Note io. Stanza xii.
They sate them down on a marble stone, A Scottish monarch slept below.
A large marble stone, in the chancel of Melrose, is pointed out as the monument of Alexander II, one of
1 There is something affecting in the manner in which the old
Prior of Lochleven turns from describing the death of the gallant
Ramsay to the general sorrow which it excited :
Some years ago a person digging for stones, about the old castle of Hermitage, broke into a vault containing a quantity of chaff. some bones, and pieces of iron; amongst others, the curb of an ancient bridle, which the author has since given to the Earl of Dalhousie, under the impression, that it possibly may be a relique of his brave ancestor. The worthy clergyman of the parish has mentioned this discovery in his statistical account of Castletown.
the greatest of our early kings; others say it is the resting-place of Waldeve, one of the early abbots, who died in the odour of sanctity.
Note 1 1. Stanza xiii. --—the wondrous Michael Scott.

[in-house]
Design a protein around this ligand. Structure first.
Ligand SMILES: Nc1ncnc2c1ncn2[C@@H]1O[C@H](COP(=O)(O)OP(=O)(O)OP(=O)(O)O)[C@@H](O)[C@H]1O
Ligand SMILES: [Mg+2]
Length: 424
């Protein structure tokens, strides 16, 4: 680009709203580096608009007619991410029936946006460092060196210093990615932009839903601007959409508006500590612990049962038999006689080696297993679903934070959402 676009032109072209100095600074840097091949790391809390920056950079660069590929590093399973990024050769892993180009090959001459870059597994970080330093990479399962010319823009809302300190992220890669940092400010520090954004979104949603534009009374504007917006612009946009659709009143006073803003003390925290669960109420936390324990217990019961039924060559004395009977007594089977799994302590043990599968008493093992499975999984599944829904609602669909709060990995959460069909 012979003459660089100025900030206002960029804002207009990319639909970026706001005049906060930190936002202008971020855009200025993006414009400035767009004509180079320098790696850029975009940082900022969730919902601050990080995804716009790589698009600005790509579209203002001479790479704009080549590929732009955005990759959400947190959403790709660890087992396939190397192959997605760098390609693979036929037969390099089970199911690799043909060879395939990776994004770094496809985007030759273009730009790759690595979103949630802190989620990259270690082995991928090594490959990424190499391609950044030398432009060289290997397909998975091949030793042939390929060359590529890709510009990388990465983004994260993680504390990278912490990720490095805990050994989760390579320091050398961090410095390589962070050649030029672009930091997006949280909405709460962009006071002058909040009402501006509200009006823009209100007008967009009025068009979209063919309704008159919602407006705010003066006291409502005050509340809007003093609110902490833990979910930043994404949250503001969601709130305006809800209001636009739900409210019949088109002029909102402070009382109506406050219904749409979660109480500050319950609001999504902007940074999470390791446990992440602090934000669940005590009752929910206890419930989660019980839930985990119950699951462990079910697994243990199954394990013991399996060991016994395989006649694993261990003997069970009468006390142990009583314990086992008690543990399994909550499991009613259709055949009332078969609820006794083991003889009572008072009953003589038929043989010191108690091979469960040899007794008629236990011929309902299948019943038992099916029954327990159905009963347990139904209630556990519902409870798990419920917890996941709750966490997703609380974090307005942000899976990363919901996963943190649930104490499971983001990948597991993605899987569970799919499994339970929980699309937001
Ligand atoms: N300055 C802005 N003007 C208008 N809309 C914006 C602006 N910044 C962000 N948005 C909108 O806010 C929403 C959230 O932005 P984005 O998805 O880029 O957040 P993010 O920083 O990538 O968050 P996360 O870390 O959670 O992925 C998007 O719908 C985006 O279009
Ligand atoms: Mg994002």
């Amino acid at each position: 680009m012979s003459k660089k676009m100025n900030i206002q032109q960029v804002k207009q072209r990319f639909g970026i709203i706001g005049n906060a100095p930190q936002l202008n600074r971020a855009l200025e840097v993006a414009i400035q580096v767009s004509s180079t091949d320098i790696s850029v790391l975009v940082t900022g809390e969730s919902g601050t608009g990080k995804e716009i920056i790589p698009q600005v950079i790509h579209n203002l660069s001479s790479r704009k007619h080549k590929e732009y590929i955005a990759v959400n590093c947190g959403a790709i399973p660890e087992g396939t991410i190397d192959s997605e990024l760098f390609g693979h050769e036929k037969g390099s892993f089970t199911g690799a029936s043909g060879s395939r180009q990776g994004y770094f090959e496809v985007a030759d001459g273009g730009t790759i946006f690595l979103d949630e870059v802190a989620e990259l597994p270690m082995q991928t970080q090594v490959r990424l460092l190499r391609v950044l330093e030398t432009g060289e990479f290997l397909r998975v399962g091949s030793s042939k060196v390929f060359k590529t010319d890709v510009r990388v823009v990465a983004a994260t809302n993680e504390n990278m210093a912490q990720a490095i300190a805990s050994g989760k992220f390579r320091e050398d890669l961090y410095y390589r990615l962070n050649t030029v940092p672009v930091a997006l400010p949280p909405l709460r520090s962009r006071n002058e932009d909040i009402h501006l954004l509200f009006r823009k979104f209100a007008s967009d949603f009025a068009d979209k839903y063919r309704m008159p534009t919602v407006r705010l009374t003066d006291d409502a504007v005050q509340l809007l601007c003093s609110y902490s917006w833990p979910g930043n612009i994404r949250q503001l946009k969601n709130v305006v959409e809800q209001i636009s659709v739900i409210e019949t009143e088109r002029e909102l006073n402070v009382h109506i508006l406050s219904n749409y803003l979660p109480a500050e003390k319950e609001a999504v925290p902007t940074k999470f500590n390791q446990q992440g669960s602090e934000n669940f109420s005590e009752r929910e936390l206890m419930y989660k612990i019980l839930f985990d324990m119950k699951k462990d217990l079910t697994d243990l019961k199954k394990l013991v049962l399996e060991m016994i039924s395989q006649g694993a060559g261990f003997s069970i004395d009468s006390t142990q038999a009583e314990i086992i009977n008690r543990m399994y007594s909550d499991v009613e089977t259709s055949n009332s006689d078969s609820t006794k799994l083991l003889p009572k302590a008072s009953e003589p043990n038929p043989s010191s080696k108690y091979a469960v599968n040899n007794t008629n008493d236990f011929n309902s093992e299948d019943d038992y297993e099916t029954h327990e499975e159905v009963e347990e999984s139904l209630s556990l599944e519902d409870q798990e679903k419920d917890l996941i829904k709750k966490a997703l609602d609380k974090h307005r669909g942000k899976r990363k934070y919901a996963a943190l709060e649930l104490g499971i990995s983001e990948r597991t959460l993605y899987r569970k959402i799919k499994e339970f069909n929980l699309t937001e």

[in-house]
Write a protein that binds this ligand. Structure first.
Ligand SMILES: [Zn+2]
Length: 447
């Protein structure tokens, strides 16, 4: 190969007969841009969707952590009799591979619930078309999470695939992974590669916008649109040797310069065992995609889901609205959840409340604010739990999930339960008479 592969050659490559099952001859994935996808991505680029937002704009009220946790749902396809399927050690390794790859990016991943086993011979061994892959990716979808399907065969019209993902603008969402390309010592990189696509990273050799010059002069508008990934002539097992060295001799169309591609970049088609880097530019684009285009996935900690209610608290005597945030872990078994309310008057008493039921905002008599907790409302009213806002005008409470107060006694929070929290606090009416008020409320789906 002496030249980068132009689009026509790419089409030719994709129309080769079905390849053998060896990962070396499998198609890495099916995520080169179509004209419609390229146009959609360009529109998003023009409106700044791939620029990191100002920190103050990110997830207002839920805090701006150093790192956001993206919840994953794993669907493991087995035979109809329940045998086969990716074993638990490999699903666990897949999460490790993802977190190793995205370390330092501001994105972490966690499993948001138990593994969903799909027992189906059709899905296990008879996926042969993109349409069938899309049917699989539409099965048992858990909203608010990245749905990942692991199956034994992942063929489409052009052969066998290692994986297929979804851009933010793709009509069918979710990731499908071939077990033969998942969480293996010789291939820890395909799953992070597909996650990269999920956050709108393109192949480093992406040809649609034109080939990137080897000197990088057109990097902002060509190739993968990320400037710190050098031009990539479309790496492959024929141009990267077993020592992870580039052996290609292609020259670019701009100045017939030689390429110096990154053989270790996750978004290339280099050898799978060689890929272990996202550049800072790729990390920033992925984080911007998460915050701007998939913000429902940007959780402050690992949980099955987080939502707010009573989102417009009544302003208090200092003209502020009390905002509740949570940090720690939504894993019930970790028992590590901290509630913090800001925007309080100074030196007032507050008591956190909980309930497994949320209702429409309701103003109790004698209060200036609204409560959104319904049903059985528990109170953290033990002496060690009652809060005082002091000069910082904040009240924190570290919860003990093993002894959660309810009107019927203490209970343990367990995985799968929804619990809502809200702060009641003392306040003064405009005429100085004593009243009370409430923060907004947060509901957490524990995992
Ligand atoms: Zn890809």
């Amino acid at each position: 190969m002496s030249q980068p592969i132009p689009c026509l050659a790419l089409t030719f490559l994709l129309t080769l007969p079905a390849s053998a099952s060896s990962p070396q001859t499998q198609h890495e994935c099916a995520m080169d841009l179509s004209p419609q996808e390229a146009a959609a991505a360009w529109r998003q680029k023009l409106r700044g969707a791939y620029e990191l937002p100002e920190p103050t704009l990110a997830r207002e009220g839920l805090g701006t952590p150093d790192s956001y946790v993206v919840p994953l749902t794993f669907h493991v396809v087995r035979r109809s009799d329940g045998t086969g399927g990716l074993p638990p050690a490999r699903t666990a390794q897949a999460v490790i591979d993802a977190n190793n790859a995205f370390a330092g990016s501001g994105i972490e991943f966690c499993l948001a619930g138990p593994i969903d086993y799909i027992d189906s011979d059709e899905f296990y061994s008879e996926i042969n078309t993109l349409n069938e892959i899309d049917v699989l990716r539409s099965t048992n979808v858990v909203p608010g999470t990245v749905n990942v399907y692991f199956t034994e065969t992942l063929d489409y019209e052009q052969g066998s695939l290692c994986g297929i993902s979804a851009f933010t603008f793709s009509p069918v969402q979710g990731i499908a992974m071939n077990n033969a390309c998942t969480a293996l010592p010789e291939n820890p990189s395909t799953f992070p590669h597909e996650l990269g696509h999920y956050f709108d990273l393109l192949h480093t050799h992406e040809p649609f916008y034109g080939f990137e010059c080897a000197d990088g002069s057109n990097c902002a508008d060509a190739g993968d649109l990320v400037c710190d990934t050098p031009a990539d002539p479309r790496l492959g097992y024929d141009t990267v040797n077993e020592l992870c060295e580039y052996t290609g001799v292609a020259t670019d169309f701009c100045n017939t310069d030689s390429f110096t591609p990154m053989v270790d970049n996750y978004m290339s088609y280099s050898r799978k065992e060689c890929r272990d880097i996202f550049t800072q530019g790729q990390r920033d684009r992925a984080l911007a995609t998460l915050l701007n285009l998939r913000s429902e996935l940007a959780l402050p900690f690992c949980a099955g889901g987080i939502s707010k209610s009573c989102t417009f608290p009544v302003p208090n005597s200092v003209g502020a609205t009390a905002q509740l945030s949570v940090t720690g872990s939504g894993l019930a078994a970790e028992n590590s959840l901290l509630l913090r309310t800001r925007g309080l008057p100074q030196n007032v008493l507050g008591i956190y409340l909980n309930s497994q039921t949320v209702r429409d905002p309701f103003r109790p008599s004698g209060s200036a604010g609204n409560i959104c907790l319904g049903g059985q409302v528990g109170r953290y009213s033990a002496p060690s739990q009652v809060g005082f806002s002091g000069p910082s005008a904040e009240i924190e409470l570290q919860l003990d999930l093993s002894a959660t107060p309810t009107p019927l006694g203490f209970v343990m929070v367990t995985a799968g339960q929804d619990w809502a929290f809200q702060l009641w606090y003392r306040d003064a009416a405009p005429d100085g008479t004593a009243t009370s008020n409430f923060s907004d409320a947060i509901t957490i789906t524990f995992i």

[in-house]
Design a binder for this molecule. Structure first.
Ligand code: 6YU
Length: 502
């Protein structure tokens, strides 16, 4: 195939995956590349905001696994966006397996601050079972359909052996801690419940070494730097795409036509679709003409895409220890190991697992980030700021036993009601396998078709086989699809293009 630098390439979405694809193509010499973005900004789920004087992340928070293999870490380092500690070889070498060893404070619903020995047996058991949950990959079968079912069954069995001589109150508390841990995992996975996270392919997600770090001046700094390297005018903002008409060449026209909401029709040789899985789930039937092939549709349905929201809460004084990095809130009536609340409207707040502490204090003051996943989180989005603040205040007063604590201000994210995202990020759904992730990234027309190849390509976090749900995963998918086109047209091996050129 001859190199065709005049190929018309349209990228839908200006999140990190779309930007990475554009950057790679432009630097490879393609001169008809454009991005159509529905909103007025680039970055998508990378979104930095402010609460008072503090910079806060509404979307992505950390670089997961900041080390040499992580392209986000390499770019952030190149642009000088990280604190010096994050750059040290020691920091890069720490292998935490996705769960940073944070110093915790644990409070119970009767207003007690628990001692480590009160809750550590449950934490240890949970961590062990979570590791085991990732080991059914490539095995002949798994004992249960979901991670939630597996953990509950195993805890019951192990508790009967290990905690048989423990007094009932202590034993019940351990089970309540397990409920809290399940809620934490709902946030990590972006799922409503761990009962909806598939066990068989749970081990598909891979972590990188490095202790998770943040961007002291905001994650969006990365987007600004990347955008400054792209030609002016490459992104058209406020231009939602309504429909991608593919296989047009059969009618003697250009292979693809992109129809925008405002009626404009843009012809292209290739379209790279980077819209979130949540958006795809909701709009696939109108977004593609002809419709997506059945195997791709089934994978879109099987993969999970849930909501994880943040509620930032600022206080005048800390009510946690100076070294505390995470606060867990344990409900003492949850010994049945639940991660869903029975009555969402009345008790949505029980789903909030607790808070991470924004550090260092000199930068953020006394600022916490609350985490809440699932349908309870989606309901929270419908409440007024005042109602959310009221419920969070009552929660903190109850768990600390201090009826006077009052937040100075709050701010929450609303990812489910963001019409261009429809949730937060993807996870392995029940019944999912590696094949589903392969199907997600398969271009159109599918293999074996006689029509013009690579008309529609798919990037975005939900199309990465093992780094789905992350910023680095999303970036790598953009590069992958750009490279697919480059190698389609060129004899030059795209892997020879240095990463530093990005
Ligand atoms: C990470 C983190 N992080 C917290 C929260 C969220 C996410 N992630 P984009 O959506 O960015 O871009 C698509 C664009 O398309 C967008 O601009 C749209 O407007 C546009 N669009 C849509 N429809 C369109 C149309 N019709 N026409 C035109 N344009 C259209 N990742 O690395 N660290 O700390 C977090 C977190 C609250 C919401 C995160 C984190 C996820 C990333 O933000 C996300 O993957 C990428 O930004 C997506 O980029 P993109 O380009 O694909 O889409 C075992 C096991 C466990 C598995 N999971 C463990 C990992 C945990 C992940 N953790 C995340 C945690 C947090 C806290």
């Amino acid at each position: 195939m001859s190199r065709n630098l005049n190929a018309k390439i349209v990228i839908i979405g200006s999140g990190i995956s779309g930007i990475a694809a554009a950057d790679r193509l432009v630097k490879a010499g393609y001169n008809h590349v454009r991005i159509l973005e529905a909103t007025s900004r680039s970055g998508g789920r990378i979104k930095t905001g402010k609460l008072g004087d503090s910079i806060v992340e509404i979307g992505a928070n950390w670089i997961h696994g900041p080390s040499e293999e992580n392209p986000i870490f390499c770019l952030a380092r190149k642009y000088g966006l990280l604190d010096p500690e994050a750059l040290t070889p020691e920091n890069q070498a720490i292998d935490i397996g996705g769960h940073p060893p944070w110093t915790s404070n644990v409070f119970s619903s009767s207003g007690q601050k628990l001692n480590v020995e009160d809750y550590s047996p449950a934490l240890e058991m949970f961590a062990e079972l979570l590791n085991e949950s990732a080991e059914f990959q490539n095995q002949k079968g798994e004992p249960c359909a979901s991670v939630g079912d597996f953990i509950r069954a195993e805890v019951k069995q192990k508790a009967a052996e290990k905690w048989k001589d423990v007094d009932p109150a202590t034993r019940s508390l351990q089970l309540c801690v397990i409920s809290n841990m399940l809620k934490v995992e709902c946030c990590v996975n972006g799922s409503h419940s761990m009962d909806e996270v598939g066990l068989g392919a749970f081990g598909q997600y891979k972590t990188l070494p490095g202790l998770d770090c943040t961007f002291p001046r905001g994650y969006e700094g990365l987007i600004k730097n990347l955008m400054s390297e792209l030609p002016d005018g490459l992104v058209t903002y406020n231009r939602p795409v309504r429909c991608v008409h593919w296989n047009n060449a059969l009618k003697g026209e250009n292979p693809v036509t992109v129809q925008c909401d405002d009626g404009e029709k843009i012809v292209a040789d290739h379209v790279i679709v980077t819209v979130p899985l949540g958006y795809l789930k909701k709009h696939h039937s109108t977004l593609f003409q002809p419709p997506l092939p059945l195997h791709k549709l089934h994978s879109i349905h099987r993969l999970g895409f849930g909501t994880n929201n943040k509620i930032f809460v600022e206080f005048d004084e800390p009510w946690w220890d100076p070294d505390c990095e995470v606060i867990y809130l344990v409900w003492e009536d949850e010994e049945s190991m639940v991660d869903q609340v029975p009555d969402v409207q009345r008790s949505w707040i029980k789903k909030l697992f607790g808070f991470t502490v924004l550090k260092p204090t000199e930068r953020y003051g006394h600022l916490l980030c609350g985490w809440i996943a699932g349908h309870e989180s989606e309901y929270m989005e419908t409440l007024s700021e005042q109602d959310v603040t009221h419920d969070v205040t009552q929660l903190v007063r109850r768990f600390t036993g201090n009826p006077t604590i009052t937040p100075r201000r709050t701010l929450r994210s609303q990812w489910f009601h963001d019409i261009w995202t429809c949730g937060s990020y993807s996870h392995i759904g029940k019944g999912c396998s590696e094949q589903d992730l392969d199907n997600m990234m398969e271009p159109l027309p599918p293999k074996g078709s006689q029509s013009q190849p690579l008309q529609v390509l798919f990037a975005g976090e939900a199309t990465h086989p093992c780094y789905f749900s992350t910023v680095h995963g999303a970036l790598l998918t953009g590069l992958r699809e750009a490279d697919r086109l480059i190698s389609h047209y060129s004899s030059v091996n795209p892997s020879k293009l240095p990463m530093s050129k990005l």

Sir Michael Scott of Balwearie flourished during the 13th century, and was one of the ambassadors sent to bring the Maid of Norway to Scotland upon the death of Alexander III. By a poetical anachronism, he is here placed in a later aera. He was a man of much learning, chiefly acquired in foreign countries. He wrote a commentary upon Aristotle, printed at Venice in 1496; and several treatises upon natural philosophy, from which he appears to have been addicted to the abstruse studies of judicial astrology, alchemy, physiognomy, and chiromancy. Hence he passed among his contemporaries for a skilful magician. Dempster informs us, that he remembers to have heard in his youth, that the magic books of Michael Scott were still in existence, but could not be opened without danger, on account of the malignant fiends who were thereby invoked. Dempsteri Historia Ecclesiastica, 1627, lib. xii, p. 495. Lesly characterises Michael Scott, as . singulari philosophiae, astronomiae, ac medicinae laude prestans; dicebaturpemitissimos magiae recessus indagasse." Dante also mentions him as a renowned wizard :